Case Report - Volume 2 - Issue 5

Cerebral Fat Embolism in the Absence of Intracardiac Shunting

Katerina Vraka1*; Vivian Tang2; Dipak Ram1

1Paediatric Neurology Department, Royal Manchester Children’s Hospital, Manchester, UK.
2Paediatric Radiology Department, Royal Manchester Children’s Hospital, Manchester, UK.

Received Date : Aug 22, 2022
Accepted Date : Sep 22, 2022
Published Date: Sep 30, 2022
Copyright:© Katerina Vraka 2022

*Corresponding Author : Katerina Vraka, Paediatric Neurology Department, Royal Manchester Children’s Hospital, Manchester, UK.


Cerebral fat embolism (CFE) is a rare phenomenon in paediatric settings and is usually seen post-trauma in patients with pre-existing intracardiac shunting. We present a rare case of CFE in the absence of cardiac anomaly.


A sixteen-year-old, previously fit and well, boy sustained open fractures of the right lower limb, following a fall from a motorcycle, without reported head injury. His GCS was 15 at presentation. He underwent internal and external fixation of his multiple fractures. Post-operatively, he developed altered sensorium and abnormal posturing without respiratory compromise and did not require oxygen at any stage. He consequently had an urgent replacement of the external fixation with an MRI compatible intramedullary nail to facilitate imaging. MRI brain showed bilateral diffuse T2/FLAIR white and deep grey matter hyperintensities with diffusion restriction. These appearances were highly suggestive of cerebral fat embolism (CFE) (see Figures 1 to 4). Paradoxical embolism was excluded following a normal cardiac echocardiogram. Despite the extensive changes noted on brain imaging, he had an excellent recovery over a few weeks. On discharge, he was independently mobile with no neurological deficits and had no speech, swallowing or other significant difficulties.

Figure 1: 1a and 1b Coronal FLAIR.

Figure: 2a and 2b Axial T2

FLAIR and T2 images demonstrated high signal foci abnormalities scattered bilaterally in deep and subcortical white matter, corpus callosum, basal ganglia and thalami.

Figure: 3a DWI Fig 3b ADC

Centrum semi-ovale white matter diffusion restriction demonstrated on DWI and ADC map.

Figure: 4a SWI Fig 4b CT

No haemorrhage on SWI sequence.

Normal CT head.


This case supports a rare, previously described [1] mechanism, where fat microglobules may sometimes be numerous (100 particles per mm2), too small (7-10μm) and malleable to cause pulmonary injury and can be filtered through the lung capillaries into the arterial circulation. Larger particles (>20μm) would get blocked by the pulmonary filter and cause respiratory symptomatology. When those fat microglobules reach the brain, they cause local ischaemia by mechanical obstruction of small vessels, release of inflammatory mediators and endothelial factors, along with platelet aggregation [2]. The symptoms onset is usually within the first 72 hours from the trigger. The neurological findings of CFE can vary from mild confusion to coma, headache, seizures, aggressive behaviour, hallucinations, memory problems, cortical visual impairment, and focal deficits (such as hemiplegia, dysphasia etc). Paroxysmal sympathetic activity with tachycardia, sweating, hypertension and hyperthermia has also been described [3]. The CT brain was normal and only MRI brain revealed diffuse abnormalities in our case, which underlines that MRI brain is the gold standard neuroimaging in order to diagnose CFE, something which is proposed by Lee et al. with the modified Gurd’s criteria [4]. In the acute phase, the most common finding has been described as “the starfield pattern”, with multiple, small scattered, hyperintense lesions in both the white and deep gray matter associated with innumerable scattered punctate foci of restricted diffusion on diffusion-weighed imaging and petechial haemorrhage on susceptibility-weighted imaging [2]. Our case supports this theory as the patient had no evidence of hypoxia at any stage and only had cerebral complications of fat embolism from a long bone fracture.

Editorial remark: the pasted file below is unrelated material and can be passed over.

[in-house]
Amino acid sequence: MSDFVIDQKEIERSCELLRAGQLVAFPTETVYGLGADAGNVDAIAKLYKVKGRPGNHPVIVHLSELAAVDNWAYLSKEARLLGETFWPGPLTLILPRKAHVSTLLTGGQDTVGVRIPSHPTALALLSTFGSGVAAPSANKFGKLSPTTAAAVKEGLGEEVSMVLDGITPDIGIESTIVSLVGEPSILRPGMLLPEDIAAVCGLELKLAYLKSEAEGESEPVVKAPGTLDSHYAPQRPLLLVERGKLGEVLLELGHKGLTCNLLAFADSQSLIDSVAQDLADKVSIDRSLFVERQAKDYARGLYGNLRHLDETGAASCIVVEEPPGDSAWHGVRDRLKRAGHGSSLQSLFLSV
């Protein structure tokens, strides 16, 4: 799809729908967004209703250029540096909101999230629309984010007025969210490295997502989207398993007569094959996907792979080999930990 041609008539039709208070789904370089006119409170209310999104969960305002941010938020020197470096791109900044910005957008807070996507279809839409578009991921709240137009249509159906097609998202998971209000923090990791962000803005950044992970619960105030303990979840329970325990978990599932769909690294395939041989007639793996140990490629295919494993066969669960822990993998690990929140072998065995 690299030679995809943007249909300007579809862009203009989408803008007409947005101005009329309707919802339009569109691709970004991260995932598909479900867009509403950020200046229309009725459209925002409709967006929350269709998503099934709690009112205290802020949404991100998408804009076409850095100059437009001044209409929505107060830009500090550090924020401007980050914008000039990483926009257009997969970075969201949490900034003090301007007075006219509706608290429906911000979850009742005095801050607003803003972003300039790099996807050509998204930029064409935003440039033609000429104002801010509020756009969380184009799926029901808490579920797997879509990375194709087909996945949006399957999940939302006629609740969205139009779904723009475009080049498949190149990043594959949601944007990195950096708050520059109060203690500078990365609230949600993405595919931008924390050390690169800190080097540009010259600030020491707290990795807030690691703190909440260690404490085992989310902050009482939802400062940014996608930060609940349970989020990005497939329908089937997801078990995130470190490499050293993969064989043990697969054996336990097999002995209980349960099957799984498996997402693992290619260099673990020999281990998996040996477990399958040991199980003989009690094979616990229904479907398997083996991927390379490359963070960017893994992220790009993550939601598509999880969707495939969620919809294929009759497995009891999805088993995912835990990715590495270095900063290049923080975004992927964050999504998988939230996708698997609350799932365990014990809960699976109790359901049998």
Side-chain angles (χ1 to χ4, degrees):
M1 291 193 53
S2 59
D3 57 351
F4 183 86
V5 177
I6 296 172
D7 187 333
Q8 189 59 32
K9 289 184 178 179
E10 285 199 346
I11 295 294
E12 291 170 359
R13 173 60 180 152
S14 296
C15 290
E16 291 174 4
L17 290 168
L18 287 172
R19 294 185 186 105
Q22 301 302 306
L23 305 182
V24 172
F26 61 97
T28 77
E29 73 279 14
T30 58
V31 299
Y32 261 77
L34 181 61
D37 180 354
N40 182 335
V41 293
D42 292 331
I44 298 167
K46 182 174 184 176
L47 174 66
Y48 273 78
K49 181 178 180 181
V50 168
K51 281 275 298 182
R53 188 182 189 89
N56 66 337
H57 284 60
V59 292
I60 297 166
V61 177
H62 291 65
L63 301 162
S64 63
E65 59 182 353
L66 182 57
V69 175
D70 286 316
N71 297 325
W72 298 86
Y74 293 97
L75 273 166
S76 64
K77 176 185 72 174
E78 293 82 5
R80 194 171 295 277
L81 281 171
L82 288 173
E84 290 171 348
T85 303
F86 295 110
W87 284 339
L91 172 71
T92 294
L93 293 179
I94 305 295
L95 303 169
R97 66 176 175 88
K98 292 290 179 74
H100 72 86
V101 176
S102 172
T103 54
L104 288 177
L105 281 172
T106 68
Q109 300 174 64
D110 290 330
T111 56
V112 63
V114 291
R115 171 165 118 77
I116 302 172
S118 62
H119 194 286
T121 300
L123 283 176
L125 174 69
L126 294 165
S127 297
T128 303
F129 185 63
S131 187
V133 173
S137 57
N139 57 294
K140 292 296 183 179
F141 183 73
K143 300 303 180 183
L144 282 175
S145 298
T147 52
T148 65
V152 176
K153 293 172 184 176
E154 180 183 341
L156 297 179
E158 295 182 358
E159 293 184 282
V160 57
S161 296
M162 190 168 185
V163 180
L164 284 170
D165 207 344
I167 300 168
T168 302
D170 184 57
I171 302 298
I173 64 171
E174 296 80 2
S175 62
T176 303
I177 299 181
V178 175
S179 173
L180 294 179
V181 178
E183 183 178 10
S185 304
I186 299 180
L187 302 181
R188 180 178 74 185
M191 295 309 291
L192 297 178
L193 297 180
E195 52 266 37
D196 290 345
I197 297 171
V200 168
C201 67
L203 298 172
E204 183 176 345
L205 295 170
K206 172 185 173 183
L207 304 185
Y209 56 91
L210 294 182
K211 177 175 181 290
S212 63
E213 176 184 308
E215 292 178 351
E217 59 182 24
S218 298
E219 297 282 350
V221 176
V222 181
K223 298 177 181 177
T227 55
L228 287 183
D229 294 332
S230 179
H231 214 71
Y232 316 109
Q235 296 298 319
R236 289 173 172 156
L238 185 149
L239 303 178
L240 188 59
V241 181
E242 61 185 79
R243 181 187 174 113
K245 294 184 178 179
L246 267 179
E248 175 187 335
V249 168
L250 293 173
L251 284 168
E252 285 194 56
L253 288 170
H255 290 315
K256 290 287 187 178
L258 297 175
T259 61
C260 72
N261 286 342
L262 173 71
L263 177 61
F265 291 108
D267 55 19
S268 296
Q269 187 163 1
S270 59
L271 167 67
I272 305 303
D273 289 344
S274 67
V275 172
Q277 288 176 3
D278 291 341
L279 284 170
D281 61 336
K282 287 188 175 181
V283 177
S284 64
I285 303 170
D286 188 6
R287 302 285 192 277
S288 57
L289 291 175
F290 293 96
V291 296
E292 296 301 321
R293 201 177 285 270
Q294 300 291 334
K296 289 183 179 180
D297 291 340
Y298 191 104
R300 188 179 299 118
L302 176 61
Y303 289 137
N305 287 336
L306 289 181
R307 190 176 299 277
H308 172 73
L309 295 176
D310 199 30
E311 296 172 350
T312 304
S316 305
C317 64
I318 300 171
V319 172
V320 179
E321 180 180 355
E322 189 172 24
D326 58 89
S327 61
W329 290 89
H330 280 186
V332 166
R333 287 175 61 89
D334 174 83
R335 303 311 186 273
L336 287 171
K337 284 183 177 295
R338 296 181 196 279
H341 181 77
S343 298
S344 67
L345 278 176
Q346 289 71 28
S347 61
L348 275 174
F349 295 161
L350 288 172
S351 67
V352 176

CFE is a condition with increased associated mortality and morbidity and should be considered in all patients with long bone or pelvic fractures who develop sudden onset neurological symptoms. Our case highlights that CFE can occur in the absence of intracardiac shunting or pulmonary symptoms.

Conflicts of Interest Disclosure: Nothing to declare.


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